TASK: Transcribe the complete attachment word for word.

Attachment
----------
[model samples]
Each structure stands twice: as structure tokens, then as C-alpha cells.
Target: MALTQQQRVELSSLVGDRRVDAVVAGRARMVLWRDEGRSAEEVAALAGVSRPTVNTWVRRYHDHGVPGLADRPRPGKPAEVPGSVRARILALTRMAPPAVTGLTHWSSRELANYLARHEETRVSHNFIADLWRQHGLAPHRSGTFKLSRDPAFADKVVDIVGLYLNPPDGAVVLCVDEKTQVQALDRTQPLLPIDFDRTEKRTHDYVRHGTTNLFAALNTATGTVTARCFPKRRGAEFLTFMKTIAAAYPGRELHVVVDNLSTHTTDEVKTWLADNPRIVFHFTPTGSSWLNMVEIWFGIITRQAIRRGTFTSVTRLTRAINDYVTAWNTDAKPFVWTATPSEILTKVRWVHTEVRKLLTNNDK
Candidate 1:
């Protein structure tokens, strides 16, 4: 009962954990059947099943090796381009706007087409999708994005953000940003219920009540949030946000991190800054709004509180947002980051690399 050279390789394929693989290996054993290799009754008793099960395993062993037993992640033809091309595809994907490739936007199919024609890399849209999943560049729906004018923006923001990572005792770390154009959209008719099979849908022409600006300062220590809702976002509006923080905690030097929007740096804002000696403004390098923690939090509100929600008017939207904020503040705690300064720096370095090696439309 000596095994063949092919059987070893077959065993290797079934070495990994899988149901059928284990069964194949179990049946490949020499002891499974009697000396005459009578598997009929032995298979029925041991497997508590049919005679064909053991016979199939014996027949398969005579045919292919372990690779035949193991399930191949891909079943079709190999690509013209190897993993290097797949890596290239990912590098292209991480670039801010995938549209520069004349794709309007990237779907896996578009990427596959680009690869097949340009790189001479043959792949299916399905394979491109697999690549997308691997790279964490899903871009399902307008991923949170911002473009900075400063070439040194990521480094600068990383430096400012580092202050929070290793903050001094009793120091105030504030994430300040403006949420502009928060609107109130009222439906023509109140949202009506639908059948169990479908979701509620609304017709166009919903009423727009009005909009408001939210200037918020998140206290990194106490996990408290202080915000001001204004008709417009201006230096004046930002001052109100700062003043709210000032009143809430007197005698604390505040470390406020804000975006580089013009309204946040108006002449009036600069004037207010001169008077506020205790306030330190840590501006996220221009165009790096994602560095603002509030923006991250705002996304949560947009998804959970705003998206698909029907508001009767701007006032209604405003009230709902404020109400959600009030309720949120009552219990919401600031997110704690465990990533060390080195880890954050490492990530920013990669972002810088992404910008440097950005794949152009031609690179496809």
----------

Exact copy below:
[model samples]
Each structure stands twice: as structure tokens, then as C-alpha cells.
Target: MALTQQQRVELSSLVGDRRVDAVVAGRARMVLWRDEGRSAEEVAALAGVSRPTVNTWVRRYHDHGVPGLADRPRPGKPAEVPGSVRARILALTRMAPPAVTGLTHWSSRELANYLARHEETRVSHNFIADLWRQHGLAPHRSGTFKLSRDPAFADKVVDIVGLYLNPPDGAVVLCVDEKTQVQALDRTQPLLPIDFDRTEKRTHDYVRHGTTNLFAALNTATGTVTARCFPKRRGAEFLTFMKTIAAAYPGRELHVVVDNLSTHTTDEVKTWLADNPRIVFHFTPTGSSWLNMVEIWFGIITRQAIRRGTFTSVTRLTRAINDYVTAWNTDAKPFVWTATPSEILTKVRWVHTEVRKLLTNNDK
Candidate 1:
């Protein structure tokens, strides 16, 4: 009962954990059947099943090796381009706007087409999708994005953000940003219920009540949030946000991190800054709004509180947002980051690399 050279390789394929693989290996054993290799009754008793099960395993062993037993992640033809091309595809994907490739936007199919024609890399849209999943560049729906004018923006923001990572005792770390154009959209008719099979849908022409600006300062220590809702976002509006923080905690030097929007740096804002000696403004390098923690939090509100929600008017939207904020503040705690300064720096370095090696439309 000596095994063949092919059987070893077959065993290797079934070495990994899988149901059928284990069964194949179990049946490949020499002891499974009697000396005459009578598997009929032995298979029925041991497997508590049919005679064909053991016979199939014996027949398969005579045919292919372990690779035949193991399930191949891909079943079709190999690509013209190897993993290097797949890596290239990912590098292209991480670039801010995938549209520069004349794709309007990237779907896996578009990427596959680009690869097949340009790189001479043959792949299916399905394979491109697999690549997308691997790279964490899903871009399902307008991923949170911002473009900075400063070439040194990521480094600068990383430096400012580092202050929070290793903050001094009793120091105030504030994430300040403006949420502009928060609107109130009222439906023509109140949202009506639908059948169990479908979701509620609304017709166009919903009423727009009005909009408001939210200037918020998140206290990194106490996990408290202080915000001001204004008709417009201006230096004046930002001052109100700062003043709210000032009143809430007197005698604390505040470390406020804000975006580089013009309204946040108006002449009036600069004037207010001169008077506020205790306030330190840590501006996220221009165009790096994602560095603002509030923006991250705002996304949560947009998804959970705003998206698909029907508001009767701007006032209604405003009230709902404020109400959600009030309720949120009552219990919401600031997110704690465990990533060390080195880890954050490492990530920013990669972002810088992404910008440097950005794949152009031609690179496809």